Personal injury ABS makes marketing for other professionals its long-term goal
RSR: ABS seemed like a good idea
A sole practitioner has joined forces with a claims management and marketing company to form an alternative business structure (ABS) with the eventual goal of providing marketing for a range of professionals, including lawyers and accountants.
Beckenham, Kent-based RSR Law received its ABS licence from the Solicitors Regulation Authority (SRA) earlier this month, effective from 1 February 2014.
Solicitor Robert Rocker, who is also the ABS’s head of legal practice and its head of finance and administration, is now one of three directors of RSR Law. He has worked with PinnacleOne, which offers tailored marketing, such as ‘pay-per-click’ internet campaigns and social media marketing, for several years.
RSR Law currently does the legal work for Pinnacle’s sister company, SapphireClaims.com, a claims management company that was founded in 2007 by two former police officers and now operates under the RSR banner. Pinnacle was spun out of Sapphire in 2010 and was its marketing and advertising division.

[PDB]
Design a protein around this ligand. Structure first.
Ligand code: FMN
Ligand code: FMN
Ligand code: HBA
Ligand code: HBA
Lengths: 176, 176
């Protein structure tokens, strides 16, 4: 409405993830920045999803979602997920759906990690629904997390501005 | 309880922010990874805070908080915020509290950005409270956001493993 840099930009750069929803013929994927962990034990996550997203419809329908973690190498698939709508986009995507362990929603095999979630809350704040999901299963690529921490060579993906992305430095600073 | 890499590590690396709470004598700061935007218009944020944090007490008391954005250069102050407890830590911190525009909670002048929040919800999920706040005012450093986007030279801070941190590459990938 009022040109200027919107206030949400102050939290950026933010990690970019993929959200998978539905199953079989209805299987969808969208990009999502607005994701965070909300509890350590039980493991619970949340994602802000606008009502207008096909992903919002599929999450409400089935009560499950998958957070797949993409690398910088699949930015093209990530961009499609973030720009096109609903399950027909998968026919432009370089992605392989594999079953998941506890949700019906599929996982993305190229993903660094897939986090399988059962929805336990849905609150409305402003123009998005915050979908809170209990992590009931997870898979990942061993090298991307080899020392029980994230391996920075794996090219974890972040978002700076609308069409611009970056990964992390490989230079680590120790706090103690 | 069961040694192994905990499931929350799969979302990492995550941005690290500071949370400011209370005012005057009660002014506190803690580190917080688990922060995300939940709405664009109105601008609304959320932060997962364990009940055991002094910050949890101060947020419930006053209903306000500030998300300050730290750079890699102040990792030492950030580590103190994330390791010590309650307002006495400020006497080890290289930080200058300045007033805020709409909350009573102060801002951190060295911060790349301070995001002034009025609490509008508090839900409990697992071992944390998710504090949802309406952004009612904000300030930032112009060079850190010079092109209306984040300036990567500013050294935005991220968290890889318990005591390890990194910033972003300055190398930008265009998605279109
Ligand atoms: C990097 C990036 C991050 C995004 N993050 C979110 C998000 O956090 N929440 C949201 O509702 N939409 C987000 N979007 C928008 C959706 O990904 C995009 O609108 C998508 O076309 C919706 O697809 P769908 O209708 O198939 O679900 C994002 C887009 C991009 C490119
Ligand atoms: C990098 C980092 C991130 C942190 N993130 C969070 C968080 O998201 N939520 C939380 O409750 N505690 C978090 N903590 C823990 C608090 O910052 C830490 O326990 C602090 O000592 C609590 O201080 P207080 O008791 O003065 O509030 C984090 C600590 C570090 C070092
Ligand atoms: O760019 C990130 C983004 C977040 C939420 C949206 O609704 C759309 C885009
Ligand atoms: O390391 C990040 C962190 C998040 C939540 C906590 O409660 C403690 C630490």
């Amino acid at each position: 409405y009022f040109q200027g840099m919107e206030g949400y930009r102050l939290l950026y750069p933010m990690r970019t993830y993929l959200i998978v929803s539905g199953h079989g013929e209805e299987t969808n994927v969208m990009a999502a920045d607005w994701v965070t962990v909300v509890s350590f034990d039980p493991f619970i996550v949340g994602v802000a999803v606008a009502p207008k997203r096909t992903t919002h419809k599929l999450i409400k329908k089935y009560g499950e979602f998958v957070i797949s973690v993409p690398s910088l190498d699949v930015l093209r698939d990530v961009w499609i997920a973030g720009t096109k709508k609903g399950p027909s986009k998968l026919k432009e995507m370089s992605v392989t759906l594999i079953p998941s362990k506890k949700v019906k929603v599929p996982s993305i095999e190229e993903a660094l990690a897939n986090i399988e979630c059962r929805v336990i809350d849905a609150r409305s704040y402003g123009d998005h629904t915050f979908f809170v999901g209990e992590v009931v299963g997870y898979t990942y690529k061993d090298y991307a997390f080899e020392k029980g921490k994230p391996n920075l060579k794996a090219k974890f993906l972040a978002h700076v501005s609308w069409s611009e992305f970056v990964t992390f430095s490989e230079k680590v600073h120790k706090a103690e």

Mr Rocker, who is a specialist in occupational disease claims, is also legal services director of the website contestawill2win.com, which as the name suggests deals with contentious probate cases. In the past he has worked for Russell Jones & Walker, Pattinson & Brewer, and Berrymans Lace Mawer.
Speaking to Legal Futures, he said the ABS “seemed like a good idea” after a successful working relationship. Pinnacle has done “a lot of marketing and advertising for me and will continue bringing in the work to the firm”.
“It’s either that or I pay for the marketing myself, and that’s quite expensive, so pooling our resources and teaming up… just seemed to make sense, to be honest,” he said.
He added: “The idea in the long run is to do marketing for other types of professional, like accountants or whatever. But that’s a future thing; at the moment we’re just concentrating on bringing in work for this practice.”
Pinnacle also provided the marketing to one other law firm and would continue to do so, he said. “Obviously that will generate revenue for the ABS.”
He said the business was not seeking external investment but would not rule it out, adding: “I don’t know that we’re that attractive, to be honest, and I don’t know that we would appeal at this stage.”
He described the process of obtaining the ABS licence as “arduous”, although “once our application got picked up by the right individual at the SRA, to be fair it was a relatively smooth process”. RSR put in the application in early summer, he said. “There’s a lot of hoops to jump through and it’s a relief to have got through it.”
Tags: ABS, Alternative business structures, personal injury
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